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Our motto: "Critical thinking in the cheap seats." Unbiased, honest classical music and opera opinions, occasional obituaries and classical news reporting, since 2007. All written content © 2018 by Paul J. Pelkonen. For more about Superconductor, visit this link. For advertising rates, click this link. Follow us on Facebook.

Thursday, February 15, 2018

2018-19 Metropolitan Opera Season Preview: Meet the New Boss

The Met crowns Yannick Nézet-Séguin as its Music Director...two years early.
by Paul J. Pelkonen
Yannick Nézet-Séguin leads a rehearsal of Der fliegende Holländer at the Met in 2017,
unaware of the neon crown hovering overhead added by this blog's author.
Photo by Richard Termine © 2017 The Metropolitan Opera. Crown inspired by Jean-Michel Basquiat.
The Metropolitan Opera announced its schedule today for 2018-19, along with the blockbuster news that Yannick Nézet-Séguin, currently in the middle of a successful run of Wagner's Parsifal has been official crowned as the company's music director. This enthronement is two years ahead of schedule.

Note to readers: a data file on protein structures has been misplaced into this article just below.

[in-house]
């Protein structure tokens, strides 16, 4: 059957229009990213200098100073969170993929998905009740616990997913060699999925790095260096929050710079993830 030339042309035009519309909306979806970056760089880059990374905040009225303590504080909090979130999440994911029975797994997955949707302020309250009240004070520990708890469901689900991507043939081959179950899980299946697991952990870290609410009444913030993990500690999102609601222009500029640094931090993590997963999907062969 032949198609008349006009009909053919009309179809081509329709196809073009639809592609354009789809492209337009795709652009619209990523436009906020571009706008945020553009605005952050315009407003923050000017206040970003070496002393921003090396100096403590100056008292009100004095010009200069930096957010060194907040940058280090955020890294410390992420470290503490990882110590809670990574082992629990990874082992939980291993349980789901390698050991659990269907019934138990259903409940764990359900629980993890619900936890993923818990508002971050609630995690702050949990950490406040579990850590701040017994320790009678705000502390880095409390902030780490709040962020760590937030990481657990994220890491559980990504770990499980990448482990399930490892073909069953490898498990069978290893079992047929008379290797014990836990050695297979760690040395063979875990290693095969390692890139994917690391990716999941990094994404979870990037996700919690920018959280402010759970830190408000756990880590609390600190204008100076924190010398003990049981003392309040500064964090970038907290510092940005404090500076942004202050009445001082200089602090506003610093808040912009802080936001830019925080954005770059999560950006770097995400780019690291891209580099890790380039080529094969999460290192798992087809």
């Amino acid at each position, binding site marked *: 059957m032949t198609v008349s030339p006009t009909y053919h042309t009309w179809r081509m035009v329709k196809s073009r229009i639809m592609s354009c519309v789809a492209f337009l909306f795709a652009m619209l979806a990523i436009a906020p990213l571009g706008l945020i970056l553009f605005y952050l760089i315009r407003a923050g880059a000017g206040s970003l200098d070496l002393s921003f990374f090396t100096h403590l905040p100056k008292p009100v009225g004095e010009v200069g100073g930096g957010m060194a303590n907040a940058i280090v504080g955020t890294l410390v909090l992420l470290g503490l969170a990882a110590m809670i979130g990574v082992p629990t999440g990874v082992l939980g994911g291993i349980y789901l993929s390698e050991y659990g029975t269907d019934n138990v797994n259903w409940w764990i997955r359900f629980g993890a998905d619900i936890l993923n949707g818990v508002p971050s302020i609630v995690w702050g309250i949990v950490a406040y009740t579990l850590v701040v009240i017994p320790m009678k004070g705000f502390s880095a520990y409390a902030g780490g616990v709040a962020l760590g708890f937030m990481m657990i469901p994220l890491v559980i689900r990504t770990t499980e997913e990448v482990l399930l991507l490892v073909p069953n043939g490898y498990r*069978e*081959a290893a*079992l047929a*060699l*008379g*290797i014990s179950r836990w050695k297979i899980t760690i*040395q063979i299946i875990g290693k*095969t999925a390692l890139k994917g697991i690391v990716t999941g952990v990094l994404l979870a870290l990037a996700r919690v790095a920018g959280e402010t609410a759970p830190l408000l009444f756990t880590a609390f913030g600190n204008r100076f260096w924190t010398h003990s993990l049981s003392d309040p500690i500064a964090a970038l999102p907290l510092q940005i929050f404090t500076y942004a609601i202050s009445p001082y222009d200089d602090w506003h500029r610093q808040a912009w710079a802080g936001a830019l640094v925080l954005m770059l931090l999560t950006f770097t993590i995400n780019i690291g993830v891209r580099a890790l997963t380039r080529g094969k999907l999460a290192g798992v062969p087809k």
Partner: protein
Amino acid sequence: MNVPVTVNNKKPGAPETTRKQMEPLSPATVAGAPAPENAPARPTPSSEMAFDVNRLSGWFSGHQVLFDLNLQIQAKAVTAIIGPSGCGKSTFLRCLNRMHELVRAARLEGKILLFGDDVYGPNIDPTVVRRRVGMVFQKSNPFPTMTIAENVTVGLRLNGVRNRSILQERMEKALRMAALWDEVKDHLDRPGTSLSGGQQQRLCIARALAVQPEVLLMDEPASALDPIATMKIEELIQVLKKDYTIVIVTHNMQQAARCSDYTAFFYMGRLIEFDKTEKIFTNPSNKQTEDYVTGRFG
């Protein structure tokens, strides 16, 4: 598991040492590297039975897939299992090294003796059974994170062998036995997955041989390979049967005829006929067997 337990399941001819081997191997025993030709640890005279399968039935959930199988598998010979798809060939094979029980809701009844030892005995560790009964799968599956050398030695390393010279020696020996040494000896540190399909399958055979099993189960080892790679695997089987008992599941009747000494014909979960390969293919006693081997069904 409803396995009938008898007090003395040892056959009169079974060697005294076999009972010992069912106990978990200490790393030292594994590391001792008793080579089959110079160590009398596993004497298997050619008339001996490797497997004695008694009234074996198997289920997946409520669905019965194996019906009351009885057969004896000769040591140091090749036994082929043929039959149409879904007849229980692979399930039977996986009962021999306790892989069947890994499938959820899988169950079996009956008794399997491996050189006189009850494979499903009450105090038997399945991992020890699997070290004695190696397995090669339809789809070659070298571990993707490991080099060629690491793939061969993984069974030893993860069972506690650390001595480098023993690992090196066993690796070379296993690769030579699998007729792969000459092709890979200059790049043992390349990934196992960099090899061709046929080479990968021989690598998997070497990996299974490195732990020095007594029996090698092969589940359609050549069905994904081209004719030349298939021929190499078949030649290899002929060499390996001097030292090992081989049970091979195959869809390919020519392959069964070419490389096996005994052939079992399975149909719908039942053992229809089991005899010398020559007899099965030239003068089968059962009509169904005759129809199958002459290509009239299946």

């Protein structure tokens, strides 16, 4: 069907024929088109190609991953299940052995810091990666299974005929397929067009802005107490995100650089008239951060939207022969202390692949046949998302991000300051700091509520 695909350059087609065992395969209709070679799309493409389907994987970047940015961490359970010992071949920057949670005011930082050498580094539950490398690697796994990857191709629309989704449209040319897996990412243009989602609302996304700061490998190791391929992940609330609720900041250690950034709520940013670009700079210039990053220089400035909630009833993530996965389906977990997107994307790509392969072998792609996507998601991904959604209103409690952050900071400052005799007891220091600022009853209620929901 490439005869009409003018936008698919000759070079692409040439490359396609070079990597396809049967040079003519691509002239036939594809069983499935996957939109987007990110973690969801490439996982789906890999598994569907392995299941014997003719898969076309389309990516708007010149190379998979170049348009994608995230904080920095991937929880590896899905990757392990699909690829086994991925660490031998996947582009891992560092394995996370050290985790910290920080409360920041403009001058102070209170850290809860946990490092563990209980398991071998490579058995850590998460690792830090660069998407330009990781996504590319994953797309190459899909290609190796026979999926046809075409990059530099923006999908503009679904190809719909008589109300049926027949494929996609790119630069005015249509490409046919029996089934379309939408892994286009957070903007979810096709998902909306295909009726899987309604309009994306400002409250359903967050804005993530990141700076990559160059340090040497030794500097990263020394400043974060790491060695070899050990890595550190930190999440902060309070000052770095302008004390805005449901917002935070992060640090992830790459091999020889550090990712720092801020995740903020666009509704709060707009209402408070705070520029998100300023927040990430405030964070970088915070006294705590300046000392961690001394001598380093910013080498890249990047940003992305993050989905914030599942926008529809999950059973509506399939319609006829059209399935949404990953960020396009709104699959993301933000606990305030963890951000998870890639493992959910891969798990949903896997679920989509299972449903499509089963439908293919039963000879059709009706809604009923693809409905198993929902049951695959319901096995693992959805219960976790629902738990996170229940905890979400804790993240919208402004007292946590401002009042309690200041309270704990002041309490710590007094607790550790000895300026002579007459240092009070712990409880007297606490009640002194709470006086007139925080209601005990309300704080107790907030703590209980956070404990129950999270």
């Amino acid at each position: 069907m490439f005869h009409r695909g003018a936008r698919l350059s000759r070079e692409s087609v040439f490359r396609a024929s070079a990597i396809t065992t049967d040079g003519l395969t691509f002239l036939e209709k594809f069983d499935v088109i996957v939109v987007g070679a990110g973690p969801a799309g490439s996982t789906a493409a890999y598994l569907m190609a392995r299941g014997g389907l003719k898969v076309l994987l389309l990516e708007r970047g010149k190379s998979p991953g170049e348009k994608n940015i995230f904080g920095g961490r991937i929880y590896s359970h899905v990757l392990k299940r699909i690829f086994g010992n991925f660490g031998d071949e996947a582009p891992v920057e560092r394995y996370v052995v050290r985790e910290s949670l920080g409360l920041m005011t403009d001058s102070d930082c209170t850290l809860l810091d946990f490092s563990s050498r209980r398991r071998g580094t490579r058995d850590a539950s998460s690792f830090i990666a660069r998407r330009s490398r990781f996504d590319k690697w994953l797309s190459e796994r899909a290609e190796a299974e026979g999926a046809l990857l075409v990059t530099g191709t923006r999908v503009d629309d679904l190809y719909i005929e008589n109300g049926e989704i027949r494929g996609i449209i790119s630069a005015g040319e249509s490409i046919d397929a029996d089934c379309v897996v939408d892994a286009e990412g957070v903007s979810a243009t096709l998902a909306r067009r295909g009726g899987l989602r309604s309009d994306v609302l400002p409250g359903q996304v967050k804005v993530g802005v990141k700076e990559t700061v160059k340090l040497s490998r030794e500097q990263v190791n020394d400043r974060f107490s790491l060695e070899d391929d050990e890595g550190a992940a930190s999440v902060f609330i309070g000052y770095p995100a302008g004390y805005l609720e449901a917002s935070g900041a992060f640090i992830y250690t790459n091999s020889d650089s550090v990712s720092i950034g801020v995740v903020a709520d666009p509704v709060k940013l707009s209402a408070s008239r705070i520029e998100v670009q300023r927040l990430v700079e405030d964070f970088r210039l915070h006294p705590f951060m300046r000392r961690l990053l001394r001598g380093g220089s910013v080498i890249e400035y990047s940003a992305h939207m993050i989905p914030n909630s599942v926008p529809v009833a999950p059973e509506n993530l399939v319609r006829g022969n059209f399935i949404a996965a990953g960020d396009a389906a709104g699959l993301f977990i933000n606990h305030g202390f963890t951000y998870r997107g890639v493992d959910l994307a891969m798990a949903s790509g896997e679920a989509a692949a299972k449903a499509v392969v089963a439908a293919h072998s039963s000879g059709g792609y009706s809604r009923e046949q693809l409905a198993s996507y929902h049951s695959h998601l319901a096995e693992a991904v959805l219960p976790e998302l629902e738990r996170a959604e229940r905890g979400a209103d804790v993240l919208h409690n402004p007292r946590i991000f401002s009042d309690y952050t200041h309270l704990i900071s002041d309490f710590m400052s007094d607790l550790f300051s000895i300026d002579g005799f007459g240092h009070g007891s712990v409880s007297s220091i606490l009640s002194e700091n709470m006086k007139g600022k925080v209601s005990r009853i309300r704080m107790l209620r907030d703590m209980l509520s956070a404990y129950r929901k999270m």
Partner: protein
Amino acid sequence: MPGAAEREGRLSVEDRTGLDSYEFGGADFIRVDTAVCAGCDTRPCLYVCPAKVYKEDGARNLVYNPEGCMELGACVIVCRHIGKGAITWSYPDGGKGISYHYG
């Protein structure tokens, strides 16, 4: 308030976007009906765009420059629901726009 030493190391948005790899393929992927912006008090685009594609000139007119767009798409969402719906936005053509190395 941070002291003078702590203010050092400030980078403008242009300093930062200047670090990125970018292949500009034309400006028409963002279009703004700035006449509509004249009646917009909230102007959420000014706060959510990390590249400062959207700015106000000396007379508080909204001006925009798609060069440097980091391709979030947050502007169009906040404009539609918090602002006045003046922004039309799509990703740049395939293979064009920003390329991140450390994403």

To paraphrase Albert Einstein: "Insanity is defined by doing the same thing over and over again" (even in the world of grand opera) "and expecting different results." With that (hopefully) in mind, the Peter Gelb-led Met has finally made some long overdue changes.

There are four new productions on the schedule (all in the first half of the season) instead of the usual six. They are as follows:

Samson et Dalila by Camille Saint-Saëns (opens Sept. 24, which is also Opening Night.)
This new staging of the Biblical drama seems like an odd choice to start the year, but who are we to argue? This Old Testament cross between an opera and an oratorio (bring on the dancing Philistines!) arrives in a new staging that (judging from the first press photos) updates the opera to a modern style with the famous Biblical hairstylist reimagined as a noir femme fatale. Roberto Alagna and Elina Garança should strike sparks the way they did when they opened the Met's 2009 Carmen.
Met Live in HD performance on Oct. 20.

Marnie by Nico Muhly (opens Oct. 19)
Nico Muhly brings his third opera to the stage of the Met: an adaptation of the ultra-neurotic Alfred Hitchock classic Marnie. Isabel Leonard sings the title role. In the proud tradition of George Lazenby, baritone Christopher Maltman replaces Sean Connery as the male lead.
Met Live in HD performance on Nov. 10.

La Traviata by Giuseppe Verdi (opens Dec. 5)
Mr. Mayer, the man who sent Rigoletto to Las Vegas, will present a neo-traditional La Traviata replacing the controversial Willy Decker "clock" production that (like the aforementioned Rigoletto) had outstayed its welcome. Diana Damrau returns as Violetta, and Juan Diego Flórez pushes his fach as the feckless Alfredo. Yannick Nézet-Séguin conducts.
Met Live in HD performance on Dec. 15.